Vail raft team’s Grand Canyon speed record attempt featured in new film
Special to the Daily
Click on “Explore” at chacos.com to watch “The Time Travelers,” a 23-minute film by Forest Woodward and Brendan Leonard that documents the U.S. Whitewater Rafting Team’s speed record attempt of the Grand Canyon.
CARBONDALE — This past weekend, Carbondale celebrated the 10th anniversary of the 5Point Adventure Film Festival, featuring a variety of outdoor-inspired films and events. Making its film festival debut was “The Time Travelers,” a 23-minute film that follows the U.S. Men’s Rafting Team on a January, 2017 attempt to break the speed record in the Grand Canyon on a 48-foot self-built custom boat.
The six members of the U.S. Whitewater Rafting Team — the Vail Valley’s Jeremiah Williams, John Mark Seelig, Robbie Prechtl and Kurt Kincel; Seth Mason of Carbondale and Matt Norfleet of Breckenridge — spent more than a year crafting this mission. The team before them — world champion Behind the Eight Ball rafting team — had set a 24-hour record in a similar vessel in 2006, paddling from the Upper Colorado below Gore Canyon to Moab.
more than adrenaline
The film is a Gnarly Bay Production and a collaboration between Forest Woodward and Brendan Leonard. The crew had already worked together in 2015 on a Grand Canyon film called “The Important Places.” When the raft team started to dream up the idea of trying to set the speed record, these creative minds were contacted about the possibility of a film project.
“We liked the idea and thought we could make a film that was about more than just the adrenaline, record-setting part of the story,” Leonard said. “Forest shot stills and video for the project, and I was brought on to do some story development, interviews and a little production work.”
Leonard said the process of trying to shoot a film in the Grand Canyon is “fairly daunting.”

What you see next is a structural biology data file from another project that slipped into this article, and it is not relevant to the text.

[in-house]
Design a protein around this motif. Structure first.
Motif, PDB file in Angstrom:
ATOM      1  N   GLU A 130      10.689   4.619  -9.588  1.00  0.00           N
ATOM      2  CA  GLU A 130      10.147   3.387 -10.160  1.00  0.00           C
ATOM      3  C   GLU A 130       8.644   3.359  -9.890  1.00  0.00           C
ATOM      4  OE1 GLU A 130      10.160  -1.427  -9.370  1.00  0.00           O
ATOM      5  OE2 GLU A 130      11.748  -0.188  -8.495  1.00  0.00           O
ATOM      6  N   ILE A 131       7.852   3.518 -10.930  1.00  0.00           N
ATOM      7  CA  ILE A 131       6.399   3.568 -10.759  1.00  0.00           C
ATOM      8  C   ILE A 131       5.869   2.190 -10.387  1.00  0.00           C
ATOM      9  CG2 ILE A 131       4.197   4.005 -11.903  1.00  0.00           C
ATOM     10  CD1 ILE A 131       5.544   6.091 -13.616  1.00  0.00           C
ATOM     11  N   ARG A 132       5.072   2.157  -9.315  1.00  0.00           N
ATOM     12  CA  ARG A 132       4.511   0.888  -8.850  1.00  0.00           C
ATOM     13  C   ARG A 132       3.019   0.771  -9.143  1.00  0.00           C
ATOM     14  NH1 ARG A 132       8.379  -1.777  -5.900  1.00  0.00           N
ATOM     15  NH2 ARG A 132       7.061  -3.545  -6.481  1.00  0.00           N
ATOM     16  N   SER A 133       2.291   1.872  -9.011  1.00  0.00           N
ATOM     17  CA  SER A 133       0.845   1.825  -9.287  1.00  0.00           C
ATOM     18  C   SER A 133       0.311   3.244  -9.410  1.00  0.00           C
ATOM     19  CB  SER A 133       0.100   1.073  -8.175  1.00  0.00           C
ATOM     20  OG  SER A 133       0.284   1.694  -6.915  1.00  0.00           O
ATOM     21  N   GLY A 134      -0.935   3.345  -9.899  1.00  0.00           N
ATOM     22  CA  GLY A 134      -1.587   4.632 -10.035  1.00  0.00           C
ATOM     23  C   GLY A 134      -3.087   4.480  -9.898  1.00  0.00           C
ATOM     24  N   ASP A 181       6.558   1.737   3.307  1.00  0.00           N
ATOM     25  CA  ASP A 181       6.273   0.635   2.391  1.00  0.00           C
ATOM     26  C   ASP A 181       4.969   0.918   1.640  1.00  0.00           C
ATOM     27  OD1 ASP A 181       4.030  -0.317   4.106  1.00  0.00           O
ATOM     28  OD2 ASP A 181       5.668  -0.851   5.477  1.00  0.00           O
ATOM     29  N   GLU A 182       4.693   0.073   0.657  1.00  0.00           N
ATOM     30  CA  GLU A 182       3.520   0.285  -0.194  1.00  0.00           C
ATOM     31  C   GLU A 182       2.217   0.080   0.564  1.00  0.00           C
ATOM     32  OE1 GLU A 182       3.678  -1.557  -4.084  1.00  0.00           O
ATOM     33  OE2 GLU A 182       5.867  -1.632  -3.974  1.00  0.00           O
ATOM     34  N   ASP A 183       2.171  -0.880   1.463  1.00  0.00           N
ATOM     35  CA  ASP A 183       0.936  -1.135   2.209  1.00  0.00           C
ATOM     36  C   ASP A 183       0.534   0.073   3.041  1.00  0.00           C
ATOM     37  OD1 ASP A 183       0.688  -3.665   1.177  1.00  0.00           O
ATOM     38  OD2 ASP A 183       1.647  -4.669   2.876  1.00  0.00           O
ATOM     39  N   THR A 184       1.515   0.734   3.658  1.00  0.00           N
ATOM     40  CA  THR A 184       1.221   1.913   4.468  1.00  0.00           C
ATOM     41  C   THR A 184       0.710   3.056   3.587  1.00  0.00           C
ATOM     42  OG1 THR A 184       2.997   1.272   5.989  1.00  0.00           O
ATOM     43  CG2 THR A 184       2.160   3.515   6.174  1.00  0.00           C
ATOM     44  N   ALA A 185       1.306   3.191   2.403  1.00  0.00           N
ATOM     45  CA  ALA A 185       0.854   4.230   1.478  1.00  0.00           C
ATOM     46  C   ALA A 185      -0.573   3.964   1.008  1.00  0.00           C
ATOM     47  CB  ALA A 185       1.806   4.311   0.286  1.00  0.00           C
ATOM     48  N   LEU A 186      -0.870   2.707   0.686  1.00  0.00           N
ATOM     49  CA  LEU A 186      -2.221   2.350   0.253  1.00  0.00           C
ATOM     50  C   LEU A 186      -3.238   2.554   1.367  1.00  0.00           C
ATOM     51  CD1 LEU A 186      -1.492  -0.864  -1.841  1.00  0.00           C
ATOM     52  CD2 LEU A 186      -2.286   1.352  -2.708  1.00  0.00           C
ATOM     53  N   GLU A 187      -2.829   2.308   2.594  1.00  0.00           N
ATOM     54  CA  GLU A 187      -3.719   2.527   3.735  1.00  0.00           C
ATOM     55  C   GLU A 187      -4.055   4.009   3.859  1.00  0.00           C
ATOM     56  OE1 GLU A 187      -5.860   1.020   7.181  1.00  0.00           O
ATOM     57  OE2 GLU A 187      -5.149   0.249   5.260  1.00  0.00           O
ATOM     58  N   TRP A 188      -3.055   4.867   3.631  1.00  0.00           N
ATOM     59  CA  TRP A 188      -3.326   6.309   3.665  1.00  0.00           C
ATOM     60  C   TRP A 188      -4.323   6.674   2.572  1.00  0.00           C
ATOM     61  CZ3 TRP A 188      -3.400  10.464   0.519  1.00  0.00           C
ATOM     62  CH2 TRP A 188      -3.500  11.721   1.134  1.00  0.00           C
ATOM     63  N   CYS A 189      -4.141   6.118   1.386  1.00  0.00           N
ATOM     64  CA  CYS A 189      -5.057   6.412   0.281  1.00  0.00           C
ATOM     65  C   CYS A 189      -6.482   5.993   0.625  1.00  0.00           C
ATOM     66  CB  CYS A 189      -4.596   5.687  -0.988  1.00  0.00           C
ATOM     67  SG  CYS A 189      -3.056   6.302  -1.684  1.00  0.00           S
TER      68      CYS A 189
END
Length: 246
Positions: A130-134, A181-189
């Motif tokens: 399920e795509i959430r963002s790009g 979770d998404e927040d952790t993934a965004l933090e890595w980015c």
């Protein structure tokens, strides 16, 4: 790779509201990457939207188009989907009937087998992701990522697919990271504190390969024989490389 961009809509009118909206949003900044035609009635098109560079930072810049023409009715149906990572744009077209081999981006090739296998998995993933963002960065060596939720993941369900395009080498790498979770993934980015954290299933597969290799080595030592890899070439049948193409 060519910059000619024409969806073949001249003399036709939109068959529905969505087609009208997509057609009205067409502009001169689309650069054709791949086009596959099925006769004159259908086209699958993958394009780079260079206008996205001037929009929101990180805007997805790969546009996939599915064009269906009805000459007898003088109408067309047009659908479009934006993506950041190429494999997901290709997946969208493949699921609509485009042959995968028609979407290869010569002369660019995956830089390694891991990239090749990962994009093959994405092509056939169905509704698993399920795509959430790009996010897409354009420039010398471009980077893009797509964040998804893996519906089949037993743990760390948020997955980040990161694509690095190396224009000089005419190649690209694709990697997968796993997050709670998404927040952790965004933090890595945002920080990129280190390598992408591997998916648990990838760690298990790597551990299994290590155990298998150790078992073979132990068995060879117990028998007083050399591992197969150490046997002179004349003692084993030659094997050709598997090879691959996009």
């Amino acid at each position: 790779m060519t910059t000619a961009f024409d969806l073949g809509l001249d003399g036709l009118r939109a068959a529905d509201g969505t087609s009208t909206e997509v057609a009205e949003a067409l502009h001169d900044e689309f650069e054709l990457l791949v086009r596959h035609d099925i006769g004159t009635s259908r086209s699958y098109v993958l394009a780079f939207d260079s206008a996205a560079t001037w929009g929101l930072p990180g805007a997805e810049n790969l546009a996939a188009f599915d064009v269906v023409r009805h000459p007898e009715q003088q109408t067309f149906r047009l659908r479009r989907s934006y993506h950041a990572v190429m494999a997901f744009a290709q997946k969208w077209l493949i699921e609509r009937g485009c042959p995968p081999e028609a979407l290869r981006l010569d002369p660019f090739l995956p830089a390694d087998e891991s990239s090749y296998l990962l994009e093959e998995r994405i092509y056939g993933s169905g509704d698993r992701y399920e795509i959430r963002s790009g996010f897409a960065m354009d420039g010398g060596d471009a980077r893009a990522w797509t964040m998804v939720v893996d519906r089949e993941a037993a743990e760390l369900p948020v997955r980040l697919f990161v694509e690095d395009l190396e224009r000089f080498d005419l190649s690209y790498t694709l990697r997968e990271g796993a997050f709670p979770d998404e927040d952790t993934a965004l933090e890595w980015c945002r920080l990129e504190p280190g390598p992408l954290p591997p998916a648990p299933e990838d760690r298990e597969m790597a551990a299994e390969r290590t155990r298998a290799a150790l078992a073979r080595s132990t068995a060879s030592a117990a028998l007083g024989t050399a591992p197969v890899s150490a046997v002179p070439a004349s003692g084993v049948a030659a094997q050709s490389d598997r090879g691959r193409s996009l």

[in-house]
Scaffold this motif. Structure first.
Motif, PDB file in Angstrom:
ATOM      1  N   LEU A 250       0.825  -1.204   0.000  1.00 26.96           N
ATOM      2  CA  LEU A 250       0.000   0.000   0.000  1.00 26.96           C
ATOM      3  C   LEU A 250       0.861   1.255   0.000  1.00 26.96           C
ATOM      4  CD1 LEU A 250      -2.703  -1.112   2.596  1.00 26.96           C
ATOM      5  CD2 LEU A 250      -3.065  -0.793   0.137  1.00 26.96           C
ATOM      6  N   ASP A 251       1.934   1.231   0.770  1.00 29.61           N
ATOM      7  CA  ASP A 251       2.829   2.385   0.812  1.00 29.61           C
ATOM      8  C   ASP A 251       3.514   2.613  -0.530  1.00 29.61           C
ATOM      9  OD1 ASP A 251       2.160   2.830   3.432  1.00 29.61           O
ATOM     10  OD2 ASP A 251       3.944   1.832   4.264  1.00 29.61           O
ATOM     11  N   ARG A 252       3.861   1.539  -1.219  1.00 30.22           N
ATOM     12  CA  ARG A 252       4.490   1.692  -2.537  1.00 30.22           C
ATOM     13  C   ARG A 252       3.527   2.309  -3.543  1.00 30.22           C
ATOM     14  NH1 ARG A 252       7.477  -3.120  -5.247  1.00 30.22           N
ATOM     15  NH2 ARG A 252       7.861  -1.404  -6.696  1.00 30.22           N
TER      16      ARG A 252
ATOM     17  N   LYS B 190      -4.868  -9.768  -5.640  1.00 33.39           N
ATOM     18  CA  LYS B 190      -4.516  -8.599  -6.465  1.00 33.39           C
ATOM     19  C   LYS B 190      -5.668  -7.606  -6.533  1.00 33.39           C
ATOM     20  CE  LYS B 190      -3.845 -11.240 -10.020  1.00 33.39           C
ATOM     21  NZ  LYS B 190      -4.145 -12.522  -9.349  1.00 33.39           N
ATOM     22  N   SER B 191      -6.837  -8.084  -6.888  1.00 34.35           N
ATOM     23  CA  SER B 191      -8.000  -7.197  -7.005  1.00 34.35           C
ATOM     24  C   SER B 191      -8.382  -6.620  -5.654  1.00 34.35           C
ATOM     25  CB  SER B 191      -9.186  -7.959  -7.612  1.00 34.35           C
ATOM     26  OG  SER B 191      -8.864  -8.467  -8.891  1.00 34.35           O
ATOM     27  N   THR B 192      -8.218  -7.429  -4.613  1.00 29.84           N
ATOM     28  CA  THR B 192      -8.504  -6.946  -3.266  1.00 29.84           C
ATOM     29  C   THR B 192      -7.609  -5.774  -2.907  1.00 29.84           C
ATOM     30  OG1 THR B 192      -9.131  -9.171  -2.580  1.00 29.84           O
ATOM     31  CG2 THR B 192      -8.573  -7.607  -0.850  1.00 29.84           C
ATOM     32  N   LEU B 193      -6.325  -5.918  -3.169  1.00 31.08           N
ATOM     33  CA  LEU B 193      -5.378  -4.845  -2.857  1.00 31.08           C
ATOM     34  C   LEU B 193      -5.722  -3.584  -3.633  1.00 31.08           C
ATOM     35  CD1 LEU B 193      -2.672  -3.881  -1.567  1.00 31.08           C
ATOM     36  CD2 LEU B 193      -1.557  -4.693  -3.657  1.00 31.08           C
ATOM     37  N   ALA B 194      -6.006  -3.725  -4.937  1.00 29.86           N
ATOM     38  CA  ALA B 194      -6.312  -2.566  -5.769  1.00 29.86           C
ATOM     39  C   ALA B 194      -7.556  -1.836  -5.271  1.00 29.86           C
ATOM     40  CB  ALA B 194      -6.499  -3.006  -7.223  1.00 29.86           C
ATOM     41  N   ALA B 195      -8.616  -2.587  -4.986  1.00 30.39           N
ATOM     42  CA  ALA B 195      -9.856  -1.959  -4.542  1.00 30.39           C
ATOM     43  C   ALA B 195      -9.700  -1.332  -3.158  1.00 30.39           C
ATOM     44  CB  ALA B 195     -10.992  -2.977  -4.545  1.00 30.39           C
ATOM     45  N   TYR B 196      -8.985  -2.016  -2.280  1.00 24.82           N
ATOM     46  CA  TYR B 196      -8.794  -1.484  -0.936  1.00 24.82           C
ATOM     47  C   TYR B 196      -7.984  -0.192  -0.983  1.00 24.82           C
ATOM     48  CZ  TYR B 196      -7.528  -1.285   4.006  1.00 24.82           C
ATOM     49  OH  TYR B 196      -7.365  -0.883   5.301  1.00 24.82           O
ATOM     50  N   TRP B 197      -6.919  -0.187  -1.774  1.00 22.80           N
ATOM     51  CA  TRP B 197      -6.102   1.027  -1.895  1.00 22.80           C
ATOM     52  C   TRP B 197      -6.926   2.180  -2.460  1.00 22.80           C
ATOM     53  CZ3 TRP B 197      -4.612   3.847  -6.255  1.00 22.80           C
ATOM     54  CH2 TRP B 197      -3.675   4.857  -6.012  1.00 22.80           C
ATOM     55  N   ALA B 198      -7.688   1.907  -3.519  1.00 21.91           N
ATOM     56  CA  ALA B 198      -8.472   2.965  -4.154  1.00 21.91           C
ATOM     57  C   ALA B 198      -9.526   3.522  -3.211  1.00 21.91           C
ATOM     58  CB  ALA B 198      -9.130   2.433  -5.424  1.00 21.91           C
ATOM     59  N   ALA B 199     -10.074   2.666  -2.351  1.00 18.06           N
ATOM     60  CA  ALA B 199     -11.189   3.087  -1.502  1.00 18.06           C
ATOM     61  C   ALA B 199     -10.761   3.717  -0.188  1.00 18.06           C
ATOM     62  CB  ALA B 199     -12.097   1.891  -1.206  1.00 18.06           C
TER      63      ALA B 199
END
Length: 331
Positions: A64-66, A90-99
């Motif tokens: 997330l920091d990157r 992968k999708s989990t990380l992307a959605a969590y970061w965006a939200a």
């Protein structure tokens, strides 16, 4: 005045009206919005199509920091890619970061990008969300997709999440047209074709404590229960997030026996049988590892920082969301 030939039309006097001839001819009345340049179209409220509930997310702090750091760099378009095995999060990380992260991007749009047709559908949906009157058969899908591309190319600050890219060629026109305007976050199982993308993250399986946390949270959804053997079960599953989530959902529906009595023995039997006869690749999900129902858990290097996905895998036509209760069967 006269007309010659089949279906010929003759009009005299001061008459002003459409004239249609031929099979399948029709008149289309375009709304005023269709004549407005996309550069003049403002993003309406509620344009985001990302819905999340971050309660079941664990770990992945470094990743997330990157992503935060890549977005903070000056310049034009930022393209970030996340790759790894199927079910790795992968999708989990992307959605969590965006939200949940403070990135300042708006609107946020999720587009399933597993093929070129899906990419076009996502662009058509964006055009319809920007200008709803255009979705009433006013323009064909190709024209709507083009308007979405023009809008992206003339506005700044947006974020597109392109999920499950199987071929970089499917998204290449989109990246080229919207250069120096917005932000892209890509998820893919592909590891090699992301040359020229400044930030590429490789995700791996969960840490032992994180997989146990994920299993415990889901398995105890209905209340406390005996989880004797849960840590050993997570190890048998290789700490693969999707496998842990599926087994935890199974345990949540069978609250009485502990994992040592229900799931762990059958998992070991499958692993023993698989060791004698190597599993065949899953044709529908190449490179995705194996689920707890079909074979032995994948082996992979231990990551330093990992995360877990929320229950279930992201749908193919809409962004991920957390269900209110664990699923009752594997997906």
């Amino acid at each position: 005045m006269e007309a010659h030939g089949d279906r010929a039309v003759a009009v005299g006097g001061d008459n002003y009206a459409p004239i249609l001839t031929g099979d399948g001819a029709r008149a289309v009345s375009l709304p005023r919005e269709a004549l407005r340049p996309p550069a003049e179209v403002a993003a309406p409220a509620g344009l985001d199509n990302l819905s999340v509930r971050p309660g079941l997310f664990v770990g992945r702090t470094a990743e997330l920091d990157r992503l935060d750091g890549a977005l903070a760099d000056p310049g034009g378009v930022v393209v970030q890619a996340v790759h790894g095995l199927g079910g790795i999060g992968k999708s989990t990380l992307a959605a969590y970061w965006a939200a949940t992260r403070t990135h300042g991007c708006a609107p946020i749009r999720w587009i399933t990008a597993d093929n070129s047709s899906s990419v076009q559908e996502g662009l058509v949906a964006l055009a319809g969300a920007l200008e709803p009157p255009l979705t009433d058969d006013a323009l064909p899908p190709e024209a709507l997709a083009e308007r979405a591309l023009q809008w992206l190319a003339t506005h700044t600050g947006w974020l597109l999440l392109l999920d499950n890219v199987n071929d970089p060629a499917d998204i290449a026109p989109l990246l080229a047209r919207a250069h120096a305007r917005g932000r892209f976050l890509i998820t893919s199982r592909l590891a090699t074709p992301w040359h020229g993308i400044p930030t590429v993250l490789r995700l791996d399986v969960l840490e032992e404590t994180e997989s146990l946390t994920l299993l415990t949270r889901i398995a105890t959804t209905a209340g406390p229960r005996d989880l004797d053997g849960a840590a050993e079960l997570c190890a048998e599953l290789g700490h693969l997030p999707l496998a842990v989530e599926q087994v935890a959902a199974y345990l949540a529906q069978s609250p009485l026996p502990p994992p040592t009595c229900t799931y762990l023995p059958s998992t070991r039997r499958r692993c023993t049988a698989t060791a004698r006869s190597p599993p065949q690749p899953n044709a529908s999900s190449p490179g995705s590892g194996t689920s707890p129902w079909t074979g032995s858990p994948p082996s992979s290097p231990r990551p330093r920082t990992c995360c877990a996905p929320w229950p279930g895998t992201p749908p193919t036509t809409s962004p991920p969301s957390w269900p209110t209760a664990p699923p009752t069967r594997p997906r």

“It’s almost impossible to get a commercial filming permit for the canyon itself, especially in January, so we have lots of meetings and calls about how we could tell the story somehow without being there to actually shoot the speed run,” Leonard said.
The filmmakers ended up using some of the team’s GoPro footage from the actual run, but most of the film was shot in other locations and around the canyon while the boat and its rowers were going down the river. They knew they wanted to get a shot of the team in motion from somewhere up on the rim.
“We thought it might be possible from Desert View, a viewpoint along the South Rim,” Leonard said. “Unfortunately, the night the team launched the boat, it was cloudy. So they were getting rained on at the bottom of the canyon in the boat, and 4,000-plus feet high on the South Rim, it was dumping snow.
“We drove out to the viewpoint anyway just in case, and I walked down to the edge to see if I could see anything, tromping through a few inches of fresh snow. Of course, when I got there, I could see about 40 feet in any direction. So we didn’t get that shot.”
But the film’s audience won’t get to see those shots that’s didn’t work — only the ones that were a success.
Leonard said some of his favorite footage is of the team gliding down the river at night, only a few minutes after they launched, with their huge light bar shining the way.
“That was shot from Navajo Bridge,” he said, “the state highway that crosses the canyon high above the river and the only road to cross the river where the guys were boating.”
Toward the end of the film, the crew caught the team coming into the finish.
“There’s a shot someone got of Seth Mason rowing, looking of course tired after almost 40 straight hours of rowing, and he looks over his shoulder to see his wife and kids on the riverbank and can’t help but smile,” Leonard said. “I think that might be one of my favorite clips in the entire film.”
Leonard said the film crew understood from the start that they could not set up the storyline to be all about the speed record, and he said they spent a lot of hours talking about lots of different ideas, including Woodward’s idea to end the film before they even launched the boat to start the speed record.
“I’ll admit I thought it was a little out there when we first talked about it, but in the end, we almost did that,” Leonard said. “There’s very little footage of the actual speed run itself in the film.”
Leonard said they put together something like 19 different cuts.
“I think if we didn’t have a deadline to deliver the film by, we’d probably still be messing with it today,” he said. “We’d probably be on version No. 57 or so by now. But I think we’re all very happy with how it turned out and grateful for the guys for trusting us with their story.”
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